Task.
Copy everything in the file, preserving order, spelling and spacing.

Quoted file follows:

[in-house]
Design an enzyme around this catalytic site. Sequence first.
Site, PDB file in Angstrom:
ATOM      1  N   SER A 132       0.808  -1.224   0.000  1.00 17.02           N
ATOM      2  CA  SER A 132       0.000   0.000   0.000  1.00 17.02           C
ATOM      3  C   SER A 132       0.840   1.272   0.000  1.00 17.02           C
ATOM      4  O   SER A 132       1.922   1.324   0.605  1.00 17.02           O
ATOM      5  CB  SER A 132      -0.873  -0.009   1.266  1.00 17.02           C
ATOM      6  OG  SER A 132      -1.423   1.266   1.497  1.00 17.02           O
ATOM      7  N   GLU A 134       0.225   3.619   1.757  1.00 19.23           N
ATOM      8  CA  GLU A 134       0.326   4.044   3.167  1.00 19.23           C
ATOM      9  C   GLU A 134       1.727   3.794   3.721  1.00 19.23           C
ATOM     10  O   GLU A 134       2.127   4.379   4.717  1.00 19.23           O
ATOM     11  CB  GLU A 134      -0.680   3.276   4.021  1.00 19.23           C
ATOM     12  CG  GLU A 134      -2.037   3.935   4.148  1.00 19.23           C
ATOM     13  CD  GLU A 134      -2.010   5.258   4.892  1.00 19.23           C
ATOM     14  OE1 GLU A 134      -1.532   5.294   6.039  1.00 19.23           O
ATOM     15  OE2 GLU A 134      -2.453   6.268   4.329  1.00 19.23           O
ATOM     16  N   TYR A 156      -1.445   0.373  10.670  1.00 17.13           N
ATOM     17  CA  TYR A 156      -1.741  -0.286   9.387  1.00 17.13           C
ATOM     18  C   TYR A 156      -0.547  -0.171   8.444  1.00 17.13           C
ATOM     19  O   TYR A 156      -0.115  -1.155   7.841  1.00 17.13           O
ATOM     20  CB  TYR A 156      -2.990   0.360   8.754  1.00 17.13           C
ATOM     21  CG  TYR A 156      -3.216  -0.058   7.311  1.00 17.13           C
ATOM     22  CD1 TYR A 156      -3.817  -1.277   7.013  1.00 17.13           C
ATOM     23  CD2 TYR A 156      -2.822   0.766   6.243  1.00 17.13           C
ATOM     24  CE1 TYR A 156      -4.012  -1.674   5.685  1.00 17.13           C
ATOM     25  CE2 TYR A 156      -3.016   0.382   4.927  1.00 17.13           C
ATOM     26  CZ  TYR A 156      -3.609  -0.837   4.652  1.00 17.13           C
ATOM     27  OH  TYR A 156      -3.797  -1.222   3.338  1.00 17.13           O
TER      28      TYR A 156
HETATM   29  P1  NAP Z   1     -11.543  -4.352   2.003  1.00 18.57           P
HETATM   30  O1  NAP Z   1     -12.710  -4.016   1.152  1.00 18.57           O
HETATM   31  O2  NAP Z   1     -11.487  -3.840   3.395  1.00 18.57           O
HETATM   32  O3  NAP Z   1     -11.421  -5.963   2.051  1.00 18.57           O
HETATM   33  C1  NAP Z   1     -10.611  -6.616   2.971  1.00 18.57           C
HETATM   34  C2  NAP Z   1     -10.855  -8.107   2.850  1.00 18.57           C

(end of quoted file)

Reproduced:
[in-house]
Design an enzyme around this catalytic site. Sequence first.
Site, PDB file in Angstrom:
ATOM      1  N   SER A 132       0.808  -1.224   0.000  1.00 17.02           N
ATOM      2  CA  SER A 132       0.000   0.000   0.000  1.00 17.02           C
ATOM      3  C   SER A 132       0.840   1.272   0.000  1.00 17.02           C
ATOM      4  O   SER A 132       1.922   1.324   0.605  1.00 17.02           O
ATOM      5  CB  SER A 132      -0.873  -0.009   1.266  1.00 17.02           C
ATOM      6  OG  SER A 132      -1.423   1.266   1.497  1.00 17.02           O
ATOM      7  N   GLU A 134       0.225   3.619   1.757  1.00 19.23           N
ATOM      8  CA  GLU A 134       0.326   4.044   3.167  1.00 19.23           C
ATOM      9  C   GLU A 134       1.727   3.794   3.721  1.00 19.23           C
ATOM     10  O   GLU A 134       2.127   4.379   4.717  1.00 19.23           O
ATOM     11  CB  GLU A 134      -0.680   3.276   4.021  1.00 19.23           C
ATOM     12  CG  GLU A 134      -2.037   3.935   4.148  1.00 19.23           C
ATOM     13  CD  GLU A 134      -2.010   5.258   4.892  1.00 19.23           C
ATOM     14  OE1 GLU A 134      -1.532   5.294   6.039  1.00 19.23           O
ATOM     15  OE2 GLU A 134      -2.453   6.268   4.329  1.00 19.23           O
ATOM     16  N   TYR A 156      -1.445   0.373  10.670  1.00 17.13           N
ATOM     17  CA  TYR A 156      -1.741  -0.286   9.387  1.00 17.13           C
ATOM     18  C   TYR A 156      -0.547  -0.171   8.444  1.00 17.13           C
ATOM     19  O   TYR A 156      -0.115  -1.155   7.841  1.00 17.13           O
ATOM     20  CB  TYR A 156      -2.990   0.360   8.754  1.00 17.13           C
ATOM     21  CG  TYR A 156      -3.216  -0.058   7.311  1.00 17.13           C
ATOM     22  CD1 TYR A 156      -3.817  -1.277   7.013  1.00 17.13           C
ATOM     23  CD2 TYR A 156      -2.822   0.766   6.243  1.00 17.13           C
ATOM     24  CE1 TYR A 156      -4.012  -1.674   5.685  1.00 17.13           C
ATOM     25  CE2 TYR A 156      -3.016   0.382   4.927  1.00 17.13           C
ATOM     26  CZ  TYR A 156      -3.609  -0.837   4.652  1.00 17.13           C
ATOM     27  OH  TYR A 156      -3.797  -1.222   3.338  1.00 17.13           O
TER      28      TYR A 156
HETATM   29  P1  NAP Z   1     -11.543  -4.352   2.003  1.00 18.57           P
HETATM   30  O1  NAP Z   1     -12.710  -4.016   1.152  1.00 18.57           O
HETATM   31  O2  NAP Z   1     -11.487  -3.840   3.395  1.00 18.57           O
HETATM   32  O3  NAP Z   1     -11.421  -5.963   2.051  1.00 18.57           O
HETATM   33  C1  NAP Z   1     -10.611  -6.616   2.971  1.00 18.57           C
HETATM   34  C2  NAP Z   1     -10.855  -8.107   2.850  1.00 18.57           C